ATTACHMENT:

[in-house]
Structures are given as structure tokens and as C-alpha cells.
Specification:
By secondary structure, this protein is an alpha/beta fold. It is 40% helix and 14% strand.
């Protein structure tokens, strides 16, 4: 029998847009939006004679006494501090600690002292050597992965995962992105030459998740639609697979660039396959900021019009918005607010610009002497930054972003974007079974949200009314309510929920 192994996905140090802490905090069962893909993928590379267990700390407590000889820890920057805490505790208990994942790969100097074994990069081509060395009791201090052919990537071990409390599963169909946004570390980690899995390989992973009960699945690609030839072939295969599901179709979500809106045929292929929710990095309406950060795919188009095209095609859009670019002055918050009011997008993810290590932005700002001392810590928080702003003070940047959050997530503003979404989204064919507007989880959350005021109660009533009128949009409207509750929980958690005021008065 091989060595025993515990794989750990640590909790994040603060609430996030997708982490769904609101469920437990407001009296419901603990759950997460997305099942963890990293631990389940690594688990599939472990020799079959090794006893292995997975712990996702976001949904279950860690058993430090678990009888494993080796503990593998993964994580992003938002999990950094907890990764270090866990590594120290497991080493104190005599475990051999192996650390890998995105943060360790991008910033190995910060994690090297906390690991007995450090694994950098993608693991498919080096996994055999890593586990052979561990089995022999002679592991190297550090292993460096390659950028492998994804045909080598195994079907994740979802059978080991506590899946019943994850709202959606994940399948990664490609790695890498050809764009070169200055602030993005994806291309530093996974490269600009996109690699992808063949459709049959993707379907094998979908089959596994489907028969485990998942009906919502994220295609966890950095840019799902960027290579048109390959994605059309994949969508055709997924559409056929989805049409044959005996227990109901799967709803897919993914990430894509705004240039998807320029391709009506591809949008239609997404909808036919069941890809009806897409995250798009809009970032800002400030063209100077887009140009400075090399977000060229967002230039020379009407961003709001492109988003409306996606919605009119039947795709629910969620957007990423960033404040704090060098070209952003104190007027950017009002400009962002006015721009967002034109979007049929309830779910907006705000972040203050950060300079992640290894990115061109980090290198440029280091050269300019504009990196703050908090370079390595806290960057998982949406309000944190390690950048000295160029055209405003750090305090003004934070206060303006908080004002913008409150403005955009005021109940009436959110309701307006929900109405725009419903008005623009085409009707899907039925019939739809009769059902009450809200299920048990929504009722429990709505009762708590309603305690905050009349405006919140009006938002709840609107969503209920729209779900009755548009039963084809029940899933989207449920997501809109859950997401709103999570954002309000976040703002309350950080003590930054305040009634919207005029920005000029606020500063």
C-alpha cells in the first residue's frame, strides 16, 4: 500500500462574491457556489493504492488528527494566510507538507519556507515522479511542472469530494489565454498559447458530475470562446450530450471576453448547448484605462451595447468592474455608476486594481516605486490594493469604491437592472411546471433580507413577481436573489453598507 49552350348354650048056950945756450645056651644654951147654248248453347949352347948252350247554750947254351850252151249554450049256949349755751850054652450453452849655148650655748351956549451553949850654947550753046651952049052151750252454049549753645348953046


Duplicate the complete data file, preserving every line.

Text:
[in-house]
Structures are given as structure tokens and as C-alpha cells.
Specification:
By secondary structure, this protein is an alpha/beta fold. It is 40% helix and 14% strand.
């Protein structure tokens, strides 16, 4: 029998847009939006004679006494501090600690002292050597992965995962992105030459998740639609697979660039396959900021019009918005607010610009002497930054972003974007079974949200009314309510929920 192994996905140090802490905090069962893909993928590379267990700390407590000889820890920057805490505790208990994942790969100097074994990069081509060395009791201090052919990537071990409390599963169909946004570390980690899995390989992973009960699945690609030839072939295969599901179709979500809106045929292929929710990095309406950060795919188009095209095609859009670019002055918050009011997008993810290590932005700002001392810590928080702003003070940047959050997530503003979404989204064919507007989880959350005021109660009533009128949009409207509750929980958690005021008065 091989060595025993515990794989750990640590909790994040603060609430996030997708982490769904609101469920437990407001009296419901603990759950997460997305099942963890990293631990389940690594688990599939472990020799079959090794006893292995997975712990996702976001949904279950860690058993430090678990009888494993080796503990593998993964994580992003938002999990950094907890990764270090866990590594120290497991080493104190005599475990051999192996650390890998995105943060360790991008910033190995910060994690090297906390690991007995450090694994950098993608693991498919080096996994055999890593586990052979561990089995022999002679592991190297550090292993460096390659950028492998994804045909080598195994079907994740979802059978080991506590899946019943994850709202959606994940399948990664490609790695890498050809764009070169200055602030993005994806291309530093996974490269600009996109690699992808063949459709049959993707379907094998979908089959596994489907028969485990998942009906919502994220295609966890950095840019799902960027290579048109390959994605059309994949969508055709997924559409056929989805049409044959005996227990109901799967709803897919993914990430894509705004240039998807320029391709009506591809949008239609997404909808036919069941890809009806897409995250798009809009970032800002400030063209100077887009140009400075090399977000060229967002230039020379009407961003709001492109988003409306996606919605009119039947795709629910969620957007990423960033404040704090060098070209952003104190007027950017009002400009962002006015721009967002034109979007049929309830779910907006705000972040203050950060300079992640290894990115061109980090290198440029280091050269300019504009990196703050908090370079390595806290960057998982949406309000944190390690950048000295160029055209405003750090305090003004934070206060303006908080004002913008409150403005955009005021109940009436959110309701307006929900109405725009419903008005623009085409009707899907039925019939739809009769059902009450809200299920048990929504009722429990709505009762708590309603305690905050009349405006919140009006938002709840609107969503209920729209779900009755548009039963084809029940899933989207449920997501809109859950997401709103999570954002309000976040703002309350950080003590930054305040009634919207005029920005000029606020500063």
C-alpha cells in the first residue's frame, strides 16, 4: 500500500462574491457556489493504492488528527494566510507538507519556507515522479511542472469530494489565454498559447458530475470562446450530450471576453448547448484605462451595447468592474455608476486594481516605486490594493469604491437592472411546471433580507413577481436573489453598507 49552350348354650048056950945756450645056651644654951147654248248453347949352347948252350247554750947254351850252151249554450049256949349755751850054652450453452849655148650655748351956549451553949850654947550753046651952049052151750252454049549753645348953046